Facebook revealed the “defense-in-depth” approach it uses to make sure that its platform and services are secure and to find, fix, and prevent security issues to reach live deployment and affect end users.
As described by Collin Greene, Facebook’s Manager of Product Security, the social networks’ development and security teams use a “layered” approach for bug prevention and patching.
Because bugs can later evolve into very serious security vulnerabilities would-be attackers could use to gain access to Facebook users’ data, the social network giant’s development workflow includes multiple measures designed to keep them in check.
Moreover, the Facebook defense-in-depth platform security approach uses five different bug filtering layers: secure frameworks, automated testing tools, peer and design reviews, red team exercises, and a bug bounty program.
In the “Designing Security for Billions” press release, Greene stated that:
At Facebook we take what’s called a “defense-in-depth” approach to security, meaning we layer a number of protections to make sure we prevent and address vulnerabilities in our code from multiple angles. It is a massive, ongoing effort that spans teams, departments and time zones. Security engineers and practices are embedded throughout the company to help ensure that data protections are built into our code and designs from the get-go, rather than added on at the end.
To be more exact, Facebook’s engineering workforce uses secure frameworks designed to reduce programming errors as much as possible.
Hack, an update of the PHP programming language and XHP, an open-source PHP/Hack augmentation, are just two examples of the frameworks that make it possible to prevent security issues such as cross-site scripting vulnerabilities with little to no effort.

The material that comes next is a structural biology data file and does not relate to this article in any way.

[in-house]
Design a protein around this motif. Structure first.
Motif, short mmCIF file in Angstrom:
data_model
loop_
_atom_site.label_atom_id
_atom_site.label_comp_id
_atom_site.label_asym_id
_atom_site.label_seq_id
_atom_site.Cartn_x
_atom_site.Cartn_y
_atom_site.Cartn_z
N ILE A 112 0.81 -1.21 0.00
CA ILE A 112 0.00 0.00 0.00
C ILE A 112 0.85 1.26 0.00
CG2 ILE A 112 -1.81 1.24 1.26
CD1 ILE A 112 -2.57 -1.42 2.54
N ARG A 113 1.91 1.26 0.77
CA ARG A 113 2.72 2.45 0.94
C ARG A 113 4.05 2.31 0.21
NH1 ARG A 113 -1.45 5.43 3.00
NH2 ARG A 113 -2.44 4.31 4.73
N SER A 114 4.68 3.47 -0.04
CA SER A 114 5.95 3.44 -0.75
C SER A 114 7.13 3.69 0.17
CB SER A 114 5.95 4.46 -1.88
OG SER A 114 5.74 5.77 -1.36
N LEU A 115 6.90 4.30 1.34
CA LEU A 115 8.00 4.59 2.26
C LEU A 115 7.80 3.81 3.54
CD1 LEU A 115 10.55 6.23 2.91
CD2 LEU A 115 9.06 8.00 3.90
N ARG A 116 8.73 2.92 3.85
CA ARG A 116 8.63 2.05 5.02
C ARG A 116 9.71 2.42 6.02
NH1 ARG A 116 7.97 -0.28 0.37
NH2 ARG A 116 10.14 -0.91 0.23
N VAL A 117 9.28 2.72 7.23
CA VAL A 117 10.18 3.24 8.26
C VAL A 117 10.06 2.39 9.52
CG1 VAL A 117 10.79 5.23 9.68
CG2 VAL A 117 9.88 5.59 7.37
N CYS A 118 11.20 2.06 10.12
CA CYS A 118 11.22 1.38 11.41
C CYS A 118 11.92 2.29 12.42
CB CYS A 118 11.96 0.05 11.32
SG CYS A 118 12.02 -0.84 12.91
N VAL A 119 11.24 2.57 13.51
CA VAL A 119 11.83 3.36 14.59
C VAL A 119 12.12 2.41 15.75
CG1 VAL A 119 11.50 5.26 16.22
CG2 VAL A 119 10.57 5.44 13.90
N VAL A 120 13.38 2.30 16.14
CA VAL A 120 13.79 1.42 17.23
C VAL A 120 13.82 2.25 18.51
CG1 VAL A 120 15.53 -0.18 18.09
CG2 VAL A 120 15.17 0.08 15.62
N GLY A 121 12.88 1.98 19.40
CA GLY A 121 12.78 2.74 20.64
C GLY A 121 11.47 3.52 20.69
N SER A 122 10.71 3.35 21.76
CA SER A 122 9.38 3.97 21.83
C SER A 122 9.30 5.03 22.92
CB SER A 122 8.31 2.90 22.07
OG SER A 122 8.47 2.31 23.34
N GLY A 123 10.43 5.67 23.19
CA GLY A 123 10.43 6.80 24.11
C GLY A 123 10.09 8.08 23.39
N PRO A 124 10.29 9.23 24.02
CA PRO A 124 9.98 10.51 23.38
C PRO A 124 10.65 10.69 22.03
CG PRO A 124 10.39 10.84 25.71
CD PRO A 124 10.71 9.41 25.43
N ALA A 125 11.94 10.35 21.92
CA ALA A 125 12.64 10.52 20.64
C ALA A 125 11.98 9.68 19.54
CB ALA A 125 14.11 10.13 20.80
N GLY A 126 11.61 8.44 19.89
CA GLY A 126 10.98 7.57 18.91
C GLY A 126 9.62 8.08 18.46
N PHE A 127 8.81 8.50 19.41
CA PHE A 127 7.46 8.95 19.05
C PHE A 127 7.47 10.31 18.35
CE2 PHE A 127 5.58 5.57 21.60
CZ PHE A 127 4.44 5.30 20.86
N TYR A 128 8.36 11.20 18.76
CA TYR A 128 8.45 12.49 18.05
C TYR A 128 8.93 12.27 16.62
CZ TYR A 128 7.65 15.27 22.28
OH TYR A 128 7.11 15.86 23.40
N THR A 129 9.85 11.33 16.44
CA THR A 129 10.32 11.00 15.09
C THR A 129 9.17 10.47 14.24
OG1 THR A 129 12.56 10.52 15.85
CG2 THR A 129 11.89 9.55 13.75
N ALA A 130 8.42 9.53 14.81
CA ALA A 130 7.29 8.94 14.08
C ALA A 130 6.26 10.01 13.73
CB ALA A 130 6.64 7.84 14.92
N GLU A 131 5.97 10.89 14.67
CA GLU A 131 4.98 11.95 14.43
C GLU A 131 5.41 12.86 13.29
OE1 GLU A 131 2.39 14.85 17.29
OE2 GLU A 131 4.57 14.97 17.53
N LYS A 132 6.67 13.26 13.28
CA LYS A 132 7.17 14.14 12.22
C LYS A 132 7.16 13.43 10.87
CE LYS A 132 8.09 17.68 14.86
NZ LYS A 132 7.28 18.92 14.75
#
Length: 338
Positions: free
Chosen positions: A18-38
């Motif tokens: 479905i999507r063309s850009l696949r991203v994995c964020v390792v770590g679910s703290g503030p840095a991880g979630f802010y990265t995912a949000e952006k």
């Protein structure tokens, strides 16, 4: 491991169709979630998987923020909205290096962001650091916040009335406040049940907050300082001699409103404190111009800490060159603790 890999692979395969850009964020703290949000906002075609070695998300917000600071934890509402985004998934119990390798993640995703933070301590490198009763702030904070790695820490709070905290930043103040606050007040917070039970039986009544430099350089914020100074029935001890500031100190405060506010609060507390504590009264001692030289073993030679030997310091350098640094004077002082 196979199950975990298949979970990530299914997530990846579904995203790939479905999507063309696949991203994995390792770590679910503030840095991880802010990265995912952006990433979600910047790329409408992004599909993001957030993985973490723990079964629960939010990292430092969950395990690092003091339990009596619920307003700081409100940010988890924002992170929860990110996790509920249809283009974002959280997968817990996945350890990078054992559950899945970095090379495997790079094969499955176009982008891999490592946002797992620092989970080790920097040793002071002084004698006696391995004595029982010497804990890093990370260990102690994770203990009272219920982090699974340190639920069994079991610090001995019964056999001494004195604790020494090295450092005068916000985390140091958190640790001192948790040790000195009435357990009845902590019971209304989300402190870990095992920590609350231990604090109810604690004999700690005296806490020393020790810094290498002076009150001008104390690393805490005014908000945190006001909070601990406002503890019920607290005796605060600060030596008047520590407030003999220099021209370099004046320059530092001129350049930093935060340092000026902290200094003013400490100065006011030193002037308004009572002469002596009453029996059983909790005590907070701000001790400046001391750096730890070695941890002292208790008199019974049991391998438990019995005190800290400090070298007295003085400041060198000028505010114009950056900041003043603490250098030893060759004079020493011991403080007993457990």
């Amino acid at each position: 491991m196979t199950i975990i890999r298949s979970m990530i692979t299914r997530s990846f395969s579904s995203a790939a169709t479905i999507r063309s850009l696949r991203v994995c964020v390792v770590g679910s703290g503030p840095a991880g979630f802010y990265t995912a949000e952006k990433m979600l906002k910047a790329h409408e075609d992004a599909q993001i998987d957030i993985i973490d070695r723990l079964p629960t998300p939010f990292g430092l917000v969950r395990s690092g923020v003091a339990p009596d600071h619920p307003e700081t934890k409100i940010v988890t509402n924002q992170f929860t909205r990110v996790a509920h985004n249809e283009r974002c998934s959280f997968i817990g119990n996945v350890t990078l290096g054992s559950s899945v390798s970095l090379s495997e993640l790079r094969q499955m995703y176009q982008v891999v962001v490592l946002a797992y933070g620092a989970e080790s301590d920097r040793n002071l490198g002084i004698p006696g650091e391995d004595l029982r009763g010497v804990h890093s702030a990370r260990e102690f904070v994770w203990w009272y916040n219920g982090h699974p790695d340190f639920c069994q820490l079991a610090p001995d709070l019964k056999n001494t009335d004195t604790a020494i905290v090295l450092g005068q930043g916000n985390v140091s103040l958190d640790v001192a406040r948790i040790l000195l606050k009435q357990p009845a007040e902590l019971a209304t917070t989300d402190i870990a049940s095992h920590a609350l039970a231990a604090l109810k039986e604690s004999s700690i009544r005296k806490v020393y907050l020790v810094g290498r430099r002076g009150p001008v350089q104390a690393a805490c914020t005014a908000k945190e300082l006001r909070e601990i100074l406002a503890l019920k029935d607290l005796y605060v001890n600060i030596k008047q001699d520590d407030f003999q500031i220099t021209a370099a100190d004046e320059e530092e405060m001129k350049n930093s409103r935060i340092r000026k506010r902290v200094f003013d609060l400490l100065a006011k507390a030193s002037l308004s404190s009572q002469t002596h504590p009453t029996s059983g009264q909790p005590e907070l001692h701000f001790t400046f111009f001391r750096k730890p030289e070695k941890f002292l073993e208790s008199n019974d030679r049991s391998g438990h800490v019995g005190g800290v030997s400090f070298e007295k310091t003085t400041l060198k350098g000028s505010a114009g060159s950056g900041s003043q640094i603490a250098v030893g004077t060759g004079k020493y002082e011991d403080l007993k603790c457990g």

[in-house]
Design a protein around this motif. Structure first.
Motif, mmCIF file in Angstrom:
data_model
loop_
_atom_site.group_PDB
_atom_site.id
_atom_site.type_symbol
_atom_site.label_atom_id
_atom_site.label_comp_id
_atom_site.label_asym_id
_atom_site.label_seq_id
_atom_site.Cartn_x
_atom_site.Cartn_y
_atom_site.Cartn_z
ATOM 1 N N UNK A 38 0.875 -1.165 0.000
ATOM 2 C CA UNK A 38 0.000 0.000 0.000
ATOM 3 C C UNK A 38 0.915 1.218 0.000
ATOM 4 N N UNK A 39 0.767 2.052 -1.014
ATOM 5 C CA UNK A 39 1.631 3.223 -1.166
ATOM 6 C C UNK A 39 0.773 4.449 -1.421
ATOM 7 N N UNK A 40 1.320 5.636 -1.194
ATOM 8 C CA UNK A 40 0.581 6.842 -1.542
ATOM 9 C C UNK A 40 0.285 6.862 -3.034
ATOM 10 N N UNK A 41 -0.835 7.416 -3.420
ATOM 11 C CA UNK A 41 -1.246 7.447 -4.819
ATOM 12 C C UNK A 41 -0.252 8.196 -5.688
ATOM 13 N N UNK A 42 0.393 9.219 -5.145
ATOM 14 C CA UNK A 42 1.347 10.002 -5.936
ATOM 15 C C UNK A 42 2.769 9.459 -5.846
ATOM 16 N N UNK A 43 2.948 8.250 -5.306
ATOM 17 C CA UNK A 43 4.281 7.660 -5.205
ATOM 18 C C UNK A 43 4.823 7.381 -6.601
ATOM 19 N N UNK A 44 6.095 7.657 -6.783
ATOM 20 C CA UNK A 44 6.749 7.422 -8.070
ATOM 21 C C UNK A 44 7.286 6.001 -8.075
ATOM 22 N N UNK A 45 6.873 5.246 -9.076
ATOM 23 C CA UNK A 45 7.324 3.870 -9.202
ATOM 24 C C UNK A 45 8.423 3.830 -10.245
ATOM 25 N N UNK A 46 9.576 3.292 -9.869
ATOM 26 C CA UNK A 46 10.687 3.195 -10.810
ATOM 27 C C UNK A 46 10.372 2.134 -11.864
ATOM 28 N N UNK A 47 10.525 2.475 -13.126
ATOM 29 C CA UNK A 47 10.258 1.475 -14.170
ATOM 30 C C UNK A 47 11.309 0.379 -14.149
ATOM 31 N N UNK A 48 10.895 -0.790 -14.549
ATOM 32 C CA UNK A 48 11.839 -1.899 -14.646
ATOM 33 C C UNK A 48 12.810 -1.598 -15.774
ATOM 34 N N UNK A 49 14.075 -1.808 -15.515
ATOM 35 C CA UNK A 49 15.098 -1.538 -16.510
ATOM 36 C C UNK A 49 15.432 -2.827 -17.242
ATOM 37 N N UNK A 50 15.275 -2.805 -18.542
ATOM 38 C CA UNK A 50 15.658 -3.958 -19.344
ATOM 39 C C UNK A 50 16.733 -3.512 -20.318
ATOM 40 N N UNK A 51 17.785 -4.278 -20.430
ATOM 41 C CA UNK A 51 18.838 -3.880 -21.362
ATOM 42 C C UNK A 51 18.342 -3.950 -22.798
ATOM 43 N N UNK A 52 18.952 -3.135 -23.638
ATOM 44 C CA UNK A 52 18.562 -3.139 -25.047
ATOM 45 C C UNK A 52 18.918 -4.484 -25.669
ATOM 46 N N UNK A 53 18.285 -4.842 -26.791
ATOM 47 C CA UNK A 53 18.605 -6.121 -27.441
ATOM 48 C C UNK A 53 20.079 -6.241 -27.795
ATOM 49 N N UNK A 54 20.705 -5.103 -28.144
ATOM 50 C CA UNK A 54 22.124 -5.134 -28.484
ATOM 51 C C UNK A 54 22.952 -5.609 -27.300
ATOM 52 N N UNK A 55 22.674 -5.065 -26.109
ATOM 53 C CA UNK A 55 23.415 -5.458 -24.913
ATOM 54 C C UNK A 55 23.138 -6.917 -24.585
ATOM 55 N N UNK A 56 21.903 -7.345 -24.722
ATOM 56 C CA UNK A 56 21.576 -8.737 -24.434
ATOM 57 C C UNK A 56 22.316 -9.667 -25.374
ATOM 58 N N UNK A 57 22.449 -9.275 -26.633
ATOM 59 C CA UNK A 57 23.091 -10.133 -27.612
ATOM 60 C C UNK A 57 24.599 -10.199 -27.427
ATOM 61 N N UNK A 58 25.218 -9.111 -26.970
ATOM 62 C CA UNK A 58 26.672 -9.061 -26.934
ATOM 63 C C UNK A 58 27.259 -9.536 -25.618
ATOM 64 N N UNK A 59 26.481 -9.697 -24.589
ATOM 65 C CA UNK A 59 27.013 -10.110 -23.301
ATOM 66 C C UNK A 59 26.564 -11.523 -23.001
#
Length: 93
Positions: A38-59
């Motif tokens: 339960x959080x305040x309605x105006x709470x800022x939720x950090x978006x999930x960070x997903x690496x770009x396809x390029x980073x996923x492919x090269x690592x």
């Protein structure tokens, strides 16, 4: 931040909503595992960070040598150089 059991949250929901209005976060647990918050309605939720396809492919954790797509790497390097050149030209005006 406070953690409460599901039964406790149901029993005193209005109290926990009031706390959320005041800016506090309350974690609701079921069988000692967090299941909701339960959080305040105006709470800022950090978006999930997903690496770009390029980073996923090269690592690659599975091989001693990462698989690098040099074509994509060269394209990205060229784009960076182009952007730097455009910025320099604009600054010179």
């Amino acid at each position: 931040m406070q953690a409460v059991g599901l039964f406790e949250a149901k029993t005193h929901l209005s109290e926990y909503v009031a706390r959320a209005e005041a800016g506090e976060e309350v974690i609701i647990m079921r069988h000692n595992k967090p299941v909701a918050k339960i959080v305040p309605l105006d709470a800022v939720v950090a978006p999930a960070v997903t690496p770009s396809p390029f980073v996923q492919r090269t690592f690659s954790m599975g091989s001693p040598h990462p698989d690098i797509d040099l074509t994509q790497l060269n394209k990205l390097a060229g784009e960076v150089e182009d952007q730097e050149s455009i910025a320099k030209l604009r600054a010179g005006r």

$7.5 million awarded through the Facebook bug bounty program
Automated testing tools are also used to continually analyze code at scale, with one such code analysis tools designed to continuously monitor and analyze the entire Facebook codebase of roughly 100 million lines of Hack code.
Facebook also employs peer reviews, design reviews, and red team exercises that allow it to find security flaws in its codebase with the help of human experts. The human factor makes it possible for the social network to “improve the coordination between our teams working on security, privacy, public policy, communications, product and legal and helps us exercise the organizational muscles we would need during a real incident.”
The Facebook bug bounty program is the fifth component of the social network’s layered defense-in-depth security approach, a program that has been running since 2011 and has awarded over $7.5 million in bounties to security researchers from all over the world.
Our focus on finding, fixing and preventing security issues has allowed us to scale our defenses as Facebook has grown to support billions of people connecting with one another. At times this has meant adapting our strategies to protect our expanding global community, rewriting our widely-used coding frameworks and open-sourcing unique security tools.
Security issues still plaguing Facebook despite all its efforts
Despite all the efforts to provide the best possible security for its users, Facebook disclosed a security vulnerability during September 2018 which affected around 50 million people and allowed malicious third parties to likely access the personal information of all affected users accounts.
Furthermore, during December a bug in the platform’s Photo API (application programming interface) may have also provided potential attackers with unauthorized access to the protected images of roughly 6.8 million Facebook users.
Also, according to BBC research, a seller going by the name “FBSaler” put up the information of 120 million Facebook users and the private messages of 81,000 profiles on underground criminal forums for 10 cents each.